On some matters, the Obama administration is trying to make substantive as well as semantic changes, some out of an impulse, common in most new administrations, to renounce the darn-fool ideas of the jerks in the previous administration. Vice President Joseph Biden promised to push the "reset button" on Russia, and Secretary of State Hillary Clinton presented the Russian foreign minister with a big, red reset button. Wrong word, the Russian said, in what I'd guess was a bit of disinformation.
The president himself in a video saluted the Islamic Republic of Iran -- not words Bush used -- on the occasion of a (non-Islamic) new year's holiday and has ordered diplomatic approaches to that nation. None of this has evoked even a grunt of emollience from the leaders of those countries. But, as Obama said in his news conference, he didn't expect that, and he believes that in time, persistence will pay off. Well, maybe.
In the meantime, an administration of a party that called for respecting our allies has shown disrespect to some and is not getting much respect from others. The administration, at the behest of U.S. labor leaders, is not pushing the free-trade pact with Colombia, the third-largest nation in Latin America. It has banned Mexican trucks from the United States, in violation of the North American Free Trade Agreement. It has waffled on installing the antimissile batteries in Poland and the Czech Republic, which those nations accepted, risking the wrath of Russia. It gave a frosty reception (and some nonplayable-in-the-United Kingdom DVDs) to British Prime Minister Gordon Brown and granted a quick Saturday meeting with Brazilian President Lula da Silva. It sent a policy letter to the president of Italy, a head of state who plays no role in policymaking, thus ignoring the pro-American prime minister, Silvio Berlusconi.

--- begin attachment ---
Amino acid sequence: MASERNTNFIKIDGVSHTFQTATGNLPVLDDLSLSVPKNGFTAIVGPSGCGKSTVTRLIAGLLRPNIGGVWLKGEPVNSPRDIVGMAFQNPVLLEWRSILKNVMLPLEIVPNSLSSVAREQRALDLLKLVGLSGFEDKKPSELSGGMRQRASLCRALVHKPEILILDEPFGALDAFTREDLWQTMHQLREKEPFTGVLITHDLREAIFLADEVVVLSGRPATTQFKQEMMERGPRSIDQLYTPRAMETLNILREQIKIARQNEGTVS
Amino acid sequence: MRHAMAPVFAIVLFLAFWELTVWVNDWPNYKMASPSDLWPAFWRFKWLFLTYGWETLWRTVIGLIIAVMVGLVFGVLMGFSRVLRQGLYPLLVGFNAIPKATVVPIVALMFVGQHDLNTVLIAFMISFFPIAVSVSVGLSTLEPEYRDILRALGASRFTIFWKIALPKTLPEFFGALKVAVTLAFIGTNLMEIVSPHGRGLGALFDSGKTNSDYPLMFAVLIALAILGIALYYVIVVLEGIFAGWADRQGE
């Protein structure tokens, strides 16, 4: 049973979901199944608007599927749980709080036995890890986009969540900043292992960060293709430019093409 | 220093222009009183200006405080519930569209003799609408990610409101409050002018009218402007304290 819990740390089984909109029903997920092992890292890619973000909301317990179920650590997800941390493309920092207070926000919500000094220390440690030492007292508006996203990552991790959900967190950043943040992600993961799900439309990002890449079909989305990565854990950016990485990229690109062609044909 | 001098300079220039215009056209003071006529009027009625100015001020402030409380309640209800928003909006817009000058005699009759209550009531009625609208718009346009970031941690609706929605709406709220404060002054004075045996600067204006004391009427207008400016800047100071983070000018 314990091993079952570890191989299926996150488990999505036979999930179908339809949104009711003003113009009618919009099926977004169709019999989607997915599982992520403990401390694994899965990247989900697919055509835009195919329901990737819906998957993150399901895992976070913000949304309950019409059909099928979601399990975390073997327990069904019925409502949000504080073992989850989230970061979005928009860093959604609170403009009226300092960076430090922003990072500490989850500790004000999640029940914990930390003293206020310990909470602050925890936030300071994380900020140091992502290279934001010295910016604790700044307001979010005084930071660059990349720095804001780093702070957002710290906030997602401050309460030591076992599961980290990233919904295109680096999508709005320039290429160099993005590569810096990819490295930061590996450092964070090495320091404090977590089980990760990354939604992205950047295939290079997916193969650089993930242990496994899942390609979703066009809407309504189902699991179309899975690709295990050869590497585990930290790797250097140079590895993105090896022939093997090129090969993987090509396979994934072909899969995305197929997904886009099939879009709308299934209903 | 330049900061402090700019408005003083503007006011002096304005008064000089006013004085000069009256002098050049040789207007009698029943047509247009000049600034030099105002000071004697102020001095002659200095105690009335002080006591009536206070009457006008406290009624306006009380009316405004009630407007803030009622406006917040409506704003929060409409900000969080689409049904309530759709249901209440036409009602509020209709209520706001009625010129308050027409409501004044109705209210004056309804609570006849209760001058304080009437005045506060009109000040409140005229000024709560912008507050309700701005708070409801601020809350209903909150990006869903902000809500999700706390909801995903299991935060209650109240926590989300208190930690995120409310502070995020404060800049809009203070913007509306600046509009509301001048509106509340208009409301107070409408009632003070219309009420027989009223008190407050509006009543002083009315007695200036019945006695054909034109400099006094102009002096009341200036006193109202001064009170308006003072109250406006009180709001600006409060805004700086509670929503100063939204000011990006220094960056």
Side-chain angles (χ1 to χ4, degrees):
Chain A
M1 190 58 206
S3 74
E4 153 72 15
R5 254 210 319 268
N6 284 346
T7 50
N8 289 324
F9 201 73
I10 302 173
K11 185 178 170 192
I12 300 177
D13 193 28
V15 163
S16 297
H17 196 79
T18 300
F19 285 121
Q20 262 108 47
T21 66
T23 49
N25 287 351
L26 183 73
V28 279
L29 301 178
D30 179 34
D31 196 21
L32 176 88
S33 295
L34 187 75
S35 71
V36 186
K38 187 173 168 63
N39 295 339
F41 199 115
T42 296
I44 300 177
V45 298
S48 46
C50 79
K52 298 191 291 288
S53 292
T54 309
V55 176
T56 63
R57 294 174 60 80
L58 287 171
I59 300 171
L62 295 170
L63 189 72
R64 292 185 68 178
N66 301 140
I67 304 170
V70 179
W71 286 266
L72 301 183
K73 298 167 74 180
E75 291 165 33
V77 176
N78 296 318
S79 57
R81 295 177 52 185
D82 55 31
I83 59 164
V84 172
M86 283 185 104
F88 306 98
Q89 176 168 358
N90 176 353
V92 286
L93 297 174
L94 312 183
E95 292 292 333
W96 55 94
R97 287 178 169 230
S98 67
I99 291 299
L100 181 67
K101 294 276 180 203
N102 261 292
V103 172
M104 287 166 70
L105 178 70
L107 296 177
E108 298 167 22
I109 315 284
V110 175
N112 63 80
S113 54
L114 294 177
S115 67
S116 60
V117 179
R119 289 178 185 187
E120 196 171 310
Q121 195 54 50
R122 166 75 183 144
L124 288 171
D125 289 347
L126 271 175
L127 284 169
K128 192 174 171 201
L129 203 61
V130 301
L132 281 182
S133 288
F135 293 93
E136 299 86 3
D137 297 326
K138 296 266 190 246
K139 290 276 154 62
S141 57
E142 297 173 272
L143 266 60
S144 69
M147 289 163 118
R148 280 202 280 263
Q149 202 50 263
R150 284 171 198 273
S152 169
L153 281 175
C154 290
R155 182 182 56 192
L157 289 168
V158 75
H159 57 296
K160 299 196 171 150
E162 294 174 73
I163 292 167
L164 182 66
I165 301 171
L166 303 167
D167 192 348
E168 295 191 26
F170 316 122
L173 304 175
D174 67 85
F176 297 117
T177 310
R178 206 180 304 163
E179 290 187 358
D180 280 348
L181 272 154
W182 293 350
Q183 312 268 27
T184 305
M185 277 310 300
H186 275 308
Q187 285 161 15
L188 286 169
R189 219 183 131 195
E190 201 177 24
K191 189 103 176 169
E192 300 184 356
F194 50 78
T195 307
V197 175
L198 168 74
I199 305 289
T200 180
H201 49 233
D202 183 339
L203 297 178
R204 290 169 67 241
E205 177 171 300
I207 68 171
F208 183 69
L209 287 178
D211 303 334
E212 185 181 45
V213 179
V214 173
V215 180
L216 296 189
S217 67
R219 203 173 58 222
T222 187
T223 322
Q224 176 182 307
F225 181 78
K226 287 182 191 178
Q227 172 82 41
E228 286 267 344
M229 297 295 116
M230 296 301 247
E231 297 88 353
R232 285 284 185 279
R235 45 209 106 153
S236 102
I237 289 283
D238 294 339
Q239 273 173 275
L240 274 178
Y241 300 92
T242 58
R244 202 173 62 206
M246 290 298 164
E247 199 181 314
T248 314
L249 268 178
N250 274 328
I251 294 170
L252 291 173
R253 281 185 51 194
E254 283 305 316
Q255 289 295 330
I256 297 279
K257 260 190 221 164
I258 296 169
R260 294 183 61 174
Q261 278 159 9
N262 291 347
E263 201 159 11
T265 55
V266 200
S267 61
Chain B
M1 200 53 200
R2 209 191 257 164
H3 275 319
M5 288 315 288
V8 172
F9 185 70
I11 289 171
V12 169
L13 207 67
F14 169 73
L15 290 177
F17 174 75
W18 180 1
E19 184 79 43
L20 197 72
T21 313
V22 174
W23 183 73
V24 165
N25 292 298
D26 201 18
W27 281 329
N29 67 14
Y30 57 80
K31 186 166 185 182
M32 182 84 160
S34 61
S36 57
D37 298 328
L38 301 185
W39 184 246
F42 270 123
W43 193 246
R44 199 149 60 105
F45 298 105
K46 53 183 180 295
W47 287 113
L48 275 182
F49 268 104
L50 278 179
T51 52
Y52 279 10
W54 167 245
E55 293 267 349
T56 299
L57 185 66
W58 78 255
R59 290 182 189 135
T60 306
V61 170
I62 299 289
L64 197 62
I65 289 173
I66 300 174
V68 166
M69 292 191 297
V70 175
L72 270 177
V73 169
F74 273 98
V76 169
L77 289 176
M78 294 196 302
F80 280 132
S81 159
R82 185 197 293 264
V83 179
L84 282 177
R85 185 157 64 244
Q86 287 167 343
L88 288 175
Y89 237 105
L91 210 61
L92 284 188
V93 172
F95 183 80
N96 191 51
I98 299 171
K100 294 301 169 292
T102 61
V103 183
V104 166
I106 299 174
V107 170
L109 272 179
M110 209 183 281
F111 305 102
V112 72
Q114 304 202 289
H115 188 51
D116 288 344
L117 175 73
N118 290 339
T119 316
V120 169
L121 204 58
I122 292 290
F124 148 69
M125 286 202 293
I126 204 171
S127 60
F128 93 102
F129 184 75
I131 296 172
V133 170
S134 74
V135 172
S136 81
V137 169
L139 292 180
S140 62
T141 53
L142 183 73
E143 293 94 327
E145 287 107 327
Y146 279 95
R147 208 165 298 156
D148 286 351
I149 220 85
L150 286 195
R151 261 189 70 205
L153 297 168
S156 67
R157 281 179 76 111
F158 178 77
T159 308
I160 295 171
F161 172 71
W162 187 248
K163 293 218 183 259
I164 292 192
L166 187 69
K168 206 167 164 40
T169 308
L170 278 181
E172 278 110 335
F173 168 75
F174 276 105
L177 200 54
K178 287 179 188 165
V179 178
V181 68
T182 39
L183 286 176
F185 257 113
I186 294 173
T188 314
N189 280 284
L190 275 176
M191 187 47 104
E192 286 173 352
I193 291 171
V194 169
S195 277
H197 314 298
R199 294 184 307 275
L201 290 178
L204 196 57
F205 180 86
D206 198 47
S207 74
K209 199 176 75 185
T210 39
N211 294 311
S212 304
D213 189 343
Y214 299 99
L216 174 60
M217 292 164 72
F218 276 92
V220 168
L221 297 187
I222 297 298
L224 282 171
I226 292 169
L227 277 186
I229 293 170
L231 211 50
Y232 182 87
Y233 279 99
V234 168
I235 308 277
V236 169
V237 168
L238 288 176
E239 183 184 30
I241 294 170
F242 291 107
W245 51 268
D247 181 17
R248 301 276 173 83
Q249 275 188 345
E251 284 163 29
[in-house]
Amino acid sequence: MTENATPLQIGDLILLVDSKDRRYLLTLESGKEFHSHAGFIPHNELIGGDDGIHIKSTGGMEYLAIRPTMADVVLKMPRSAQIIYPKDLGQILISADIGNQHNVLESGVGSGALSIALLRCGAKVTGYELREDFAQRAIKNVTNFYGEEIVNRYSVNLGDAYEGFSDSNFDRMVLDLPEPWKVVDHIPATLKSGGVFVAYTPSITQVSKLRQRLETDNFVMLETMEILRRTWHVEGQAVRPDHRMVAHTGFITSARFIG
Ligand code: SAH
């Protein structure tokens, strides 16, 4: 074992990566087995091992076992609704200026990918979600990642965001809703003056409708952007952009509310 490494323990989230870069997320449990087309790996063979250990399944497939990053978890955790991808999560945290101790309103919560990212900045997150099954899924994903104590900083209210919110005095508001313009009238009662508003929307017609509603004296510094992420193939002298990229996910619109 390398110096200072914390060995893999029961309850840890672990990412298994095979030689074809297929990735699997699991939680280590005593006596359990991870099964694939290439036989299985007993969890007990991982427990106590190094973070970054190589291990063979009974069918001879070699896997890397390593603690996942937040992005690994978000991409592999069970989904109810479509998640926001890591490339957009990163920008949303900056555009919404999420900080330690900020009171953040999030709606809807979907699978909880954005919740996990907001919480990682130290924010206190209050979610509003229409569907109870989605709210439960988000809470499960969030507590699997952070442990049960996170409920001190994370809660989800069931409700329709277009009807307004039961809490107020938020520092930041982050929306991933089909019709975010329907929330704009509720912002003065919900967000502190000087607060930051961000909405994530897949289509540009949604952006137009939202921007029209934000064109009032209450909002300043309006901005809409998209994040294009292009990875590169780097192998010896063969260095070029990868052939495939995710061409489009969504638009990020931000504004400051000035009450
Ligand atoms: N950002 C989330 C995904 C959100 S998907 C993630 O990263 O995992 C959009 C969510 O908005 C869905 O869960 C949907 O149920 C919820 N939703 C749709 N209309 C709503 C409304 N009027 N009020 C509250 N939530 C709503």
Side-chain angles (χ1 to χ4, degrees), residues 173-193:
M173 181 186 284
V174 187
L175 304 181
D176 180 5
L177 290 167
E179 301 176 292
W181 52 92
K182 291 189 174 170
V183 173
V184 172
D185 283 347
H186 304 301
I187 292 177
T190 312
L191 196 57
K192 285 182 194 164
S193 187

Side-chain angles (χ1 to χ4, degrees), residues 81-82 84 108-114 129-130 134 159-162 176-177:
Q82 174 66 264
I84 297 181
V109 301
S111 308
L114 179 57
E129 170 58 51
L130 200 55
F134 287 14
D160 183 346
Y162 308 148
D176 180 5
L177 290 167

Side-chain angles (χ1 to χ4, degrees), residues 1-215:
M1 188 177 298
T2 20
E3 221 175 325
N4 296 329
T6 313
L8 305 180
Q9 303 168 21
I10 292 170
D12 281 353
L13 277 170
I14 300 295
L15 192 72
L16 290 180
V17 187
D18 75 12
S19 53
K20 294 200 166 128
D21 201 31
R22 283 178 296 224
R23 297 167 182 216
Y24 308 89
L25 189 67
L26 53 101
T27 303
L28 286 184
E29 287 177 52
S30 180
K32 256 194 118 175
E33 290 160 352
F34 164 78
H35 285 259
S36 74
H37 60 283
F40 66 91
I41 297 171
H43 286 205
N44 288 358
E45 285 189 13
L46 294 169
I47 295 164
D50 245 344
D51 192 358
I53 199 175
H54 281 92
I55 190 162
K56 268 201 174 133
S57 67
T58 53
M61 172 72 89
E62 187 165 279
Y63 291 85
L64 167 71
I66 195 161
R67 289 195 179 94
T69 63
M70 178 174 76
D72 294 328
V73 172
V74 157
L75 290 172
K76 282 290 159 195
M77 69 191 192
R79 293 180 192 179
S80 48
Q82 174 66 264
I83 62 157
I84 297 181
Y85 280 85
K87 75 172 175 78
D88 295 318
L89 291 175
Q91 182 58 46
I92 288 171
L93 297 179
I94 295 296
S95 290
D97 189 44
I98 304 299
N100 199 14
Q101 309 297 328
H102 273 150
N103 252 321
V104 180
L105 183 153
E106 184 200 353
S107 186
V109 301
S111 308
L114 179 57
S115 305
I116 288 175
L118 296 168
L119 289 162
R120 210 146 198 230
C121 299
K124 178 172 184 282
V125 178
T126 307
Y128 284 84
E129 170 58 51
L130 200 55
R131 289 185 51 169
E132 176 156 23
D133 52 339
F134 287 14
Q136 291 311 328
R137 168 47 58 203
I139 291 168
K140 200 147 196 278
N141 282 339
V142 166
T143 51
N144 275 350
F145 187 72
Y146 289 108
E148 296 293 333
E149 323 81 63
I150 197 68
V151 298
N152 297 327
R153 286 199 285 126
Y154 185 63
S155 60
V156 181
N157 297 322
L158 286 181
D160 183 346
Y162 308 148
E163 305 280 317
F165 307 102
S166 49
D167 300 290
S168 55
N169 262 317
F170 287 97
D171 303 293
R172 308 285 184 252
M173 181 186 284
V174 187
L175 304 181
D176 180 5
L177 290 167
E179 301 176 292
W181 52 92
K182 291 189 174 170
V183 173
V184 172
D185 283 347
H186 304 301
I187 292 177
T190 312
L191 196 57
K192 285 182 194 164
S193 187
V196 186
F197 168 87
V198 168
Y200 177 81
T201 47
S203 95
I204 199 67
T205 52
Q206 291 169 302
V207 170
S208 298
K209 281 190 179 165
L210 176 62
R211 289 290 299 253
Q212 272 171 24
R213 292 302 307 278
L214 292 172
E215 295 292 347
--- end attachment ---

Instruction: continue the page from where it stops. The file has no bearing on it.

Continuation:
These are rookie mistakes, perhaps, and probably mendable in time. But as Obama embarked on his first presidential tour in Europe, he seemed to face a reception considerably less enthusiastic than he got from the ecstatic crowd in the Tiergarten in Berlin last summer. Economic stimulus packages like America's? Most European leaders are not interested. Military assistance in the "good war" in Afghanistan? Sorry, our troops are occupied elsewhere, and many of those already there must observe rules of engagement considerably more restrictive than those of the NYPD.
So this new administration, like others, is running into reality. Much of the Obama foreign policy seems sensible, and, well, every administration makes some mistakes. But I wonder whether it will turn out to be a political asset. Continued military efforts in Iraq and Afghanistan could disillusion left-wing antiwar voters who flocked to the polls in 2008. And to the extent that the Obama term is the Bush second term, recall that after his confrontationist first term, Bush won re-election, while after his accommodationist second term, his party got clobbered.
But prediction in these times is perilous, though not as perilous as the unknown dangers we may face ahead. Good luck, Mr. President.